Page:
There is something about the isolated rocky coast of Maine that breeds creativity, strength, and independence.
|"In every outthrust headland, in every curving beach, in every grain of sand, there is the story of the earth." |
On the way to a wedding a few weeks ago, my sister and I stopped at the beautiful little campus of The University of New England to visit the Maine Women Writers Collection - yet another reminder that you just don't appreciate college enough when you are there!
|One of my favorite Sarton quotes|
(Kim Klassen texture)
|May Sarton Books|
(also Klassen textures)
The permanent collection was founded in 1959 and holds over 6000 volumes representing more than 500 women writers including rare and first additions by Edna St. Vincent Millay, Sarah Orne Jewett (A Marsh Island 1884), Kate Doudlas Wiggin (Rebecca of Sunnybrook Farm, 1903) and Charlotte Perkins Gilman (The Yellow Wall-paper, 1862). The collection includes personal papers, manuscripts, photographs and memorabilia. May Sarton's bookshelves are there, as are Ruth Moore's typewriter and a number of original journals.
The Collection offers grants to writing workshops, sources for independent research and lecture series on historical preservation of the "literary, cultural and social history" of Maine's women authors.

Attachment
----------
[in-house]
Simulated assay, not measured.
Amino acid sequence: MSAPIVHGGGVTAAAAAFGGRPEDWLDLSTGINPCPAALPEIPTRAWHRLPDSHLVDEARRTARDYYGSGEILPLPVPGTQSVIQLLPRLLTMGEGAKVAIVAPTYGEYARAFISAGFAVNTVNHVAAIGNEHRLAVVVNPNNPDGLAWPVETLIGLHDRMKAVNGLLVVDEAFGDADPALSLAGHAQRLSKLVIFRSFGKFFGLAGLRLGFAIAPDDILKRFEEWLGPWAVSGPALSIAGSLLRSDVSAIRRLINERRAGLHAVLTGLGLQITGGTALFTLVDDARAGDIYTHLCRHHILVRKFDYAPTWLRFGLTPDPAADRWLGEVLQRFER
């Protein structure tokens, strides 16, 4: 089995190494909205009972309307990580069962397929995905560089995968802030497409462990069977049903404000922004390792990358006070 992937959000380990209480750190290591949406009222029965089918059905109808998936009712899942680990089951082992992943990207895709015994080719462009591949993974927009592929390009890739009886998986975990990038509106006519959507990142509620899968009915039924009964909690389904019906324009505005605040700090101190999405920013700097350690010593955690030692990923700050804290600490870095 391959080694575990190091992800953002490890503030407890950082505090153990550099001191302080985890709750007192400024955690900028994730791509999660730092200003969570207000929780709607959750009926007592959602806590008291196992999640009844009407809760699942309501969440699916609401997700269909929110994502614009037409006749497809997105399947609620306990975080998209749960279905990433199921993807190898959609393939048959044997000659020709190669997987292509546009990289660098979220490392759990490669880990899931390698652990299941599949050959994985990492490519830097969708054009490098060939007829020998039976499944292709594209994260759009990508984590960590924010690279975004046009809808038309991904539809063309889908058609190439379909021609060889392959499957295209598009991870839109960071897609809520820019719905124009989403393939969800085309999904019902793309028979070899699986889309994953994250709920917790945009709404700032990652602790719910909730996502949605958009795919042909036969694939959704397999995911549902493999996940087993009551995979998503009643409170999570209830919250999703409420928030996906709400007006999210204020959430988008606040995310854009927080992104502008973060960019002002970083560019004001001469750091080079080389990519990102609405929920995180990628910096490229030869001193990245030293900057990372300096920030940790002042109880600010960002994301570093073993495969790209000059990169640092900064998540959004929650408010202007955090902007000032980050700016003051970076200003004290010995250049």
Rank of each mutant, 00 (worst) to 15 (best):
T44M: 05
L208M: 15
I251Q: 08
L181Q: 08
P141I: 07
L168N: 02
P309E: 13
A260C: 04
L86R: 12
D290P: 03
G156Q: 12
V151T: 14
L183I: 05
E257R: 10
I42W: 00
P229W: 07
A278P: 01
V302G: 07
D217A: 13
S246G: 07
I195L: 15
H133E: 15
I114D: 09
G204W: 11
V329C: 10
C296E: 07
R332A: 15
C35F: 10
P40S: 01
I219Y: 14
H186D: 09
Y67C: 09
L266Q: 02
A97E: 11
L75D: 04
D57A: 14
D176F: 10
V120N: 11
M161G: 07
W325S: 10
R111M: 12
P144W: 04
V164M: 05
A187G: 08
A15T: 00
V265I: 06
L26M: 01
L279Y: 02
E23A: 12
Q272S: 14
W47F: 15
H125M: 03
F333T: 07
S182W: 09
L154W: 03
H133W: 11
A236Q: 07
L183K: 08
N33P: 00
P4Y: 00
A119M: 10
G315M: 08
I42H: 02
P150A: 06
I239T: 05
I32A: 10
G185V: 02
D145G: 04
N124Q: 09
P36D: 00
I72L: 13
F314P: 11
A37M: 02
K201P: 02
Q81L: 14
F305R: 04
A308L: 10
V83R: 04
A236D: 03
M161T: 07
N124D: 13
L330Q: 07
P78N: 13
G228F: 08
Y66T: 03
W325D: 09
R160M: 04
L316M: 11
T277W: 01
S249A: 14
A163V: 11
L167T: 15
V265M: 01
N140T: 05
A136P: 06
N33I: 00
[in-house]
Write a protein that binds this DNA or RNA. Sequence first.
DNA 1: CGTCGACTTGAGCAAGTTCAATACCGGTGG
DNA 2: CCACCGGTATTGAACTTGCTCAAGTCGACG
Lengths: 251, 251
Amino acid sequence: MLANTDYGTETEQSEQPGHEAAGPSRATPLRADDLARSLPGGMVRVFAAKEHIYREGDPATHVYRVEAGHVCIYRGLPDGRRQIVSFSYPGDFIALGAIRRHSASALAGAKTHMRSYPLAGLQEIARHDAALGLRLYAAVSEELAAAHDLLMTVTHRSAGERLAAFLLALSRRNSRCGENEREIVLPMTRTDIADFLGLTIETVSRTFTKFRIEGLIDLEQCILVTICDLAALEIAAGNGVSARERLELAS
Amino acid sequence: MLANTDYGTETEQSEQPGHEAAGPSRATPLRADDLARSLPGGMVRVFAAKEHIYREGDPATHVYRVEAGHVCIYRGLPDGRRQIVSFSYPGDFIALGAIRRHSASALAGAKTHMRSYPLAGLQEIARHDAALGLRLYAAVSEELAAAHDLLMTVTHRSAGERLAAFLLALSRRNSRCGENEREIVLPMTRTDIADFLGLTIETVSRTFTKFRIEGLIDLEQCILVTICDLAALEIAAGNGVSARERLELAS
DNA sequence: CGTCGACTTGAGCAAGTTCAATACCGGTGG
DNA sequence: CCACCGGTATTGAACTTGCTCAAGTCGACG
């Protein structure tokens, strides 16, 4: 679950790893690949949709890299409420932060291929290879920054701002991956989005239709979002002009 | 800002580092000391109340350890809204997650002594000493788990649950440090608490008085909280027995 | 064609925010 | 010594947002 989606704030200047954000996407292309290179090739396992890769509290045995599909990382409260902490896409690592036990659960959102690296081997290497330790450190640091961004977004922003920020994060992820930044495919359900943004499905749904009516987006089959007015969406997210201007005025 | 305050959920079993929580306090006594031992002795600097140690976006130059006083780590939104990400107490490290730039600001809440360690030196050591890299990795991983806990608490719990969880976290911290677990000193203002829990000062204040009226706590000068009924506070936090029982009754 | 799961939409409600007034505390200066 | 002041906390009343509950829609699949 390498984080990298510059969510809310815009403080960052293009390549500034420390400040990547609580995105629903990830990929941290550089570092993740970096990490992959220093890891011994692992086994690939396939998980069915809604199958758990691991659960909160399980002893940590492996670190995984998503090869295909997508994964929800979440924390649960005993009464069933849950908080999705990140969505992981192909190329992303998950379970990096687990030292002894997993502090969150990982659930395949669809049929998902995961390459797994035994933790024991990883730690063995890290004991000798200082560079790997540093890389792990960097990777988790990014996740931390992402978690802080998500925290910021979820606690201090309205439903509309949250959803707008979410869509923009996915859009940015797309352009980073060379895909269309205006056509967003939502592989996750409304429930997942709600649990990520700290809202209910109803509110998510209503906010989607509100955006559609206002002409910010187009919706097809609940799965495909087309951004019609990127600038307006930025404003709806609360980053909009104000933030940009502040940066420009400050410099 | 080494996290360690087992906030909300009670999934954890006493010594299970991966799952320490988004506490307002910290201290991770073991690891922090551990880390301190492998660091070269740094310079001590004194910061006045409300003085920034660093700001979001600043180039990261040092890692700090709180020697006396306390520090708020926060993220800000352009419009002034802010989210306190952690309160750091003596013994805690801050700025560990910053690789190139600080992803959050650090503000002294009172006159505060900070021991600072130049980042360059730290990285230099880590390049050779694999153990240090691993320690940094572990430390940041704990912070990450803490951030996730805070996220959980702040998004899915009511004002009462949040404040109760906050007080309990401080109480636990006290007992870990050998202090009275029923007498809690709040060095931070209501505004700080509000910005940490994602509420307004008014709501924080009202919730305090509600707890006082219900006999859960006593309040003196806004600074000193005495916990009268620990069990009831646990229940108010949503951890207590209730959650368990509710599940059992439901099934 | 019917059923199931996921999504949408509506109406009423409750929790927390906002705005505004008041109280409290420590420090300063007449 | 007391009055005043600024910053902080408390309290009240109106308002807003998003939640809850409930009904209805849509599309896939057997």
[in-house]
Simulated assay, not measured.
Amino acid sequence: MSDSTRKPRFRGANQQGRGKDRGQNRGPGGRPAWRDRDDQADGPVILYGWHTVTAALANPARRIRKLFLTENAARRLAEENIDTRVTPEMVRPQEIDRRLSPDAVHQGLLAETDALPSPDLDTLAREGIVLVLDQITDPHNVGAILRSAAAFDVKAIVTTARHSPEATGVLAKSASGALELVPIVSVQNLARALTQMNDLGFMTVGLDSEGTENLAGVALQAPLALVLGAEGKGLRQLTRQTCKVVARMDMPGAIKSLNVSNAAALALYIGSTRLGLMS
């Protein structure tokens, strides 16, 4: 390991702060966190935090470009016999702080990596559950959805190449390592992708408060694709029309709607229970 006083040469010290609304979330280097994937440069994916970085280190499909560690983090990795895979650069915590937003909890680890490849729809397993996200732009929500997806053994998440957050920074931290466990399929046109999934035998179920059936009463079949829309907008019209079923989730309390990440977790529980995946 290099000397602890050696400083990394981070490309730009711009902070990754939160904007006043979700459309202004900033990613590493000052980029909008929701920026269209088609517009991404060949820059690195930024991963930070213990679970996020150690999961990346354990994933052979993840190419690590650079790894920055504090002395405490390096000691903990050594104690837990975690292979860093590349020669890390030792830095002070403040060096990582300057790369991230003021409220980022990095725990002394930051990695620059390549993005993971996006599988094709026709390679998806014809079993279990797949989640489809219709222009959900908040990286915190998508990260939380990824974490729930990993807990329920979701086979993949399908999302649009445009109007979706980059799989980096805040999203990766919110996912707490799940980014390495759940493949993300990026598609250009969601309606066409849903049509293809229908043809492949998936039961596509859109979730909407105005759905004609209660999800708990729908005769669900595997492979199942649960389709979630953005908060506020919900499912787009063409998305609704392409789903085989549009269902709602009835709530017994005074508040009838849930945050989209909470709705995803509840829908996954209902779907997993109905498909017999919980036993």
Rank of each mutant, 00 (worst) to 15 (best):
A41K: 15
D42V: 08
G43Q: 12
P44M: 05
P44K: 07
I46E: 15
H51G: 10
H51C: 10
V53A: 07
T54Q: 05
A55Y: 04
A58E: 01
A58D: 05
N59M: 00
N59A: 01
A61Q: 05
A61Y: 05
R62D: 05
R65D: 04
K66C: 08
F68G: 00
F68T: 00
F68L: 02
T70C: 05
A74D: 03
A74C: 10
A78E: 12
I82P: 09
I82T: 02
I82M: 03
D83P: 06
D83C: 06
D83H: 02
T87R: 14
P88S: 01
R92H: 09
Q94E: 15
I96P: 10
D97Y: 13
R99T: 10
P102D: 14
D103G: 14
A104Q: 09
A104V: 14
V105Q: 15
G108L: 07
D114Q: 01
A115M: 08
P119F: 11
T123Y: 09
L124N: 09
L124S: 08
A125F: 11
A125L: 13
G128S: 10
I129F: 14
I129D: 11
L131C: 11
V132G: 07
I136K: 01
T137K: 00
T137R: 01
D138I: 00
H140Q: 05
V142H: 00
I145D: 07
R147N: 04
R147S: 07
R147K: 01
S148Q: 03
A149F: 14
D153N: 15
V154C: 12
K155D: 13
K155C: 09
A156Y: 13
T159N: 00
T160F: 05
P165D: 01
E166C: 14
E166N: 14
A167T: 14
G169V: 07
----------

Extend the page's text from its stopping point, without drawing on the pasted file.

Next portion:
There was poetry on the walls (December Moon by May Sarton) http://writersalmanac.publicradio.org/index.php?date=2000/12/27)
|The catalogue is on-line and can be accessed for information and materials at http://www.une.edu/mwwc|
I have read many of the authors represented, but nevertheless I came home with a long reading list inspired by the spirit of those rugged women who were founders of our liberation (Sara Payson Willis Parton), protectors of our land (Rachel Carson), and champions of our freedoms (Harriet Beecher Stowe). We do well to remember these strong predecessors upon who's shoulders we stand. And what peaceful evenings of reading I've had since, looking through their eyes!
|"Read me, do not let me die!|
Search the fading letters, finding
Steadfast in the broken binding
All that once was I!"
Edna St. Vincent Millay
(How about posting some light and shadow images of books this week for our feature?)